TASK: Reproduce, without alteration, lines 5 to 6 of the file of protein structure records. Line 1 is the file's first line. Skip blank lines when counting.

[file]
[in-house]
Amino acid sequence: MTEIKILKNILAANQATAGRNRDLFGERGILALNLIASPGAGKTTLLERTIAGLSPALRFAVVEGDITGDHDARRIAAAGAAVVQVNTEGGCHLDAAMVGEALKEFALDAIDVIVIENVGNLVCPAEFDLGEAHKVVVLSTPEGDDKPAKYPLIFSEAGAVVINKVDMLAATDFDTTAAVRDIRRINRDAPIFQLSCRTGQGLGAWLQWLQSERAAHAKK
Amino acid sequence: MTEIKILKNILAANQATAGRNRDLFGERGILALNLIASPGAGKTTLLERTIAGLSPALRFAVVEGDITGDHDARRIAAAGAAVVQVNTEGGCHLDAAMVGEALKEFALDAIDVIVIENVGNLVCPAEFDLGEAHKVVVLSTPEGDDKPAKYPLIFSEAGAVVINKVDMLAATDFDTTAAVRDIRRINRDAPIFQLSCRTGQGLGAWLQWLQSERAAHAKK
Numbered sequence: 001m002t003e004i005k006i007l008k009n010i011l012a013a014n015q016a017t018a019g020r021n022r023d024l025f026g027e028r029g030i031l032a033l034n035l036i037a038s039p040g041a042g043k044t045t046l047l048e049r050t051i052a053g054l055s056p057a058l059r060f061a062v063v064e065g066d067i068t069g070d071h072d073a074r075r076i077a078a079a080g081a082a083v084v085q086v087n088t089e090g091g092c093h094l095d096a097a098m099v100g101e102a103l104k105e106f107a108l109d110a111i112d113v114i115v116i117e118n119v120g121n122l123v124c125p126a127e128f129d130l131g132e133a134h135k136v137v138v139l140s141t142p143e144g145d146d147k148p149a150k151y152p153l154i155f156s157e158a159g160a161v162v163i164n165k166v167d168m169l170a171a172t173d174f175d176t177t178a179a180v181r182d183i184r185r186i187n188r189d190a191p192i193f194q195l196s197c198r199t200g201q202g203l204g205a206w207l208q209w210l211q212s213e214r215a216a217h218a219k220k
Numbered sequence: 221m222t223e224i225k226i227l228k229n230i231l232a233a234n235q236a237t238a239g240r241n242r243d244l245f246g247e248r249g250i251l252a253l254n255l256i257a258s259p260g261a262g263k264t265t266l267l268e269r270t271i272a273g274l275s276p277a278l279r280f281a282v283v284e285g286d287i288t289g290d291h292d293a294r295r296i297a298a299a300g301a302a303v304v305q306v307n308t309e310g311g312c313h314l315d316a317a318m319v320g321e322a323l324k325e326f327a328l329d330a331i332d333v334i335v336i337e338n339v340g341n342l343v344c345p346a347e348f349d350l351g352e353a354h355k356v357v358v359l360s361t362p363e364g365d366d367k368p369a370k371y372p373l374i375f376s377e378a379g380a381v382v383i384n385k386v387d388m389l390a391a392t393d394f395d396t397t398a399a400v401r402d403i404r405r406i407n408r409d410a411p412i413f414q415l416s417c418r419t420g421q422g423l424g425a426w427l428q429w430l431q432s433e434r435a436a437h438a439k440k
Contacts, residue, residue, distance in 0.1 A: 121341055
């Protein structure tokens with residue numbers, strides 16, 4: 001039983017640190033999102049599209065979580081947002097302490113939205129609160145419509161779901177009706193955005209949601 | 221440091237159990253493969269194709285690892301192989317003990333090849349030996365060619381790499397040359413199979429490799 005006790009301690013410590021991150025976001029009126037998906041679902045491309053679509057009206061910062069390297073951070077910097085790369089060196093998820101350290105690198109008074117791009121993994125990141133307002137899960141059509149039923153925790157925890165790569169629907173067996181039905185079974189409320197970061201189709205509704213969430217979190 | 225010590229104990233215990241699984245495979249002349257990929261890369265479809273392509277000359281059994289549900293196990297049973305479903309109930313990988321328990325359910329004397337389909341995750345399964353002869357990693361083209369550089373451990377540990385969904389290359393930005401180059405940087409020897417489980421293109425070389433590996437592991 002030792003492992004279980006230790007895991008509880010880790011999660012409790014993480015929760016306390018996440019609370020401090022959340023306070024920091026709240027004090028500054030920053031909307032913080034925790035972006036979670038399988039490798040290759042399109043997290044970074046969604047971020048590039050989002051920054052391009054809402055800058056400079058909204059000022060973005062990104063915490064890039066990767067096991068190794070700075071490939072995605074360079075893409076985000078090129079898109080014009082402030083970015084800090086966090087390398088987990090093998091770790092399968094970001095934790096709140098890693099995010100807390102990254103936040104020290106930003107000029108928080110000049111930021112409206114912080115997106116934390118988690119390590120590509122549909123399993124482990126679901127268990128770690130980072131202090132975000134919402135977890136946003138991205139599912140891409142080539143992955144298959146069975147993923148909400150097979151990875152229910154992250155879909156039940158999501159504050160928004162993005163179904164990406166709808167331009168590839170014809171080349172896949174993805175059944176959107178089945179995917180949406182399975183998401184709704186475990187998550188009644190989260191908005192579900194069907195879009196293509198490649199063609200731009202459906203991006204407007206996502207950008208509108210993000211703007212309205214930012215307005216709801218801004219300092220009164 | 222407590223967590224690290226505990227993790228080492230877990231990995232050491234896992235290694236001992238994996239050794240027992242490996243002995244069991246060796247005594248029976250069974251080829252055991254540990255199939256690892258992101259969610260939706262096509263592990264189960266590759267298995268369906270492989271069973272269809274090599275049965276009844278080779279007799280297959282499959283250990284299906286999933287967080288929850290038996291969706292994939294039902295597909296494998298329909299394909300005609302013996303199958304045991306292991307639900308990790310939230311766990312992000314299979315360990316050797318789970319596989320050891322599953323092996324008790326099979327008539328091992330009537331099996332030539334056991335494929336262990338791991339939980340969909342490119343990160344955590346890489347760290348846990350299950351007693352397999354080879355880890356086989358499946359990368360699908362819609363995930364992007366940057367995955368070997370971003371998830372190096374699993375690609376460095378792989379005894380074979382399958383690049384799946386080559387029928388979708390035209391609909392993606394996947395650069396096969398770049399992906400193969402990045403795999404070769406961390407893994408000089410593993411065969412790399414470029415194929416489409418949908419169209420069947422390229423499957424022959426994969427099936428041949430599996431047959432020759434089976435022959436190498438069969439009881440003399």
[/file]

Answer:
Numbered sequence: 221m222t223e224i225k226i227l228k229n230i231l232a233a234n235q236a237t238a239g240r241n242r243d244l245f246g247e248r249g250i251l252a253l254n255l256i257a258s259p260g261a262g263k264t265t266l267l268e269r270t271i272a273g274l275s276p277a278l279r280f281a282v283v284e285g286d287i288t289g290d291h292d293a294r295r296i297a298a299a300g301a302a303v304v305q306v307n308t309e310g311g312c313h314l315d316a317a318m319v320g321e322a323l324k325e326f327a328l329d330a331i332d333v334i335v336i337e338n339v340g341n342l343v344c345p346a347e348f349d350l351g352e353a354h355k356v357v358v359l360s361t362p363e364g365d366d367k368p369a370k371y372p373l374i375f376s377e378a379g380a381v382v383i384n385k386v387d388m389l390a391a392t393d394f395d396t397t398a399a400v401r402d403i404r405r406i407n408r409d410a411p412i413f414q415l416s417c418r419t420g421q422g423l424g425a426w427l428q429w430l431q432s433e434r435a436a437h438a439k440k
Contacts, residue, residue, distance in 0.1 A: 121341055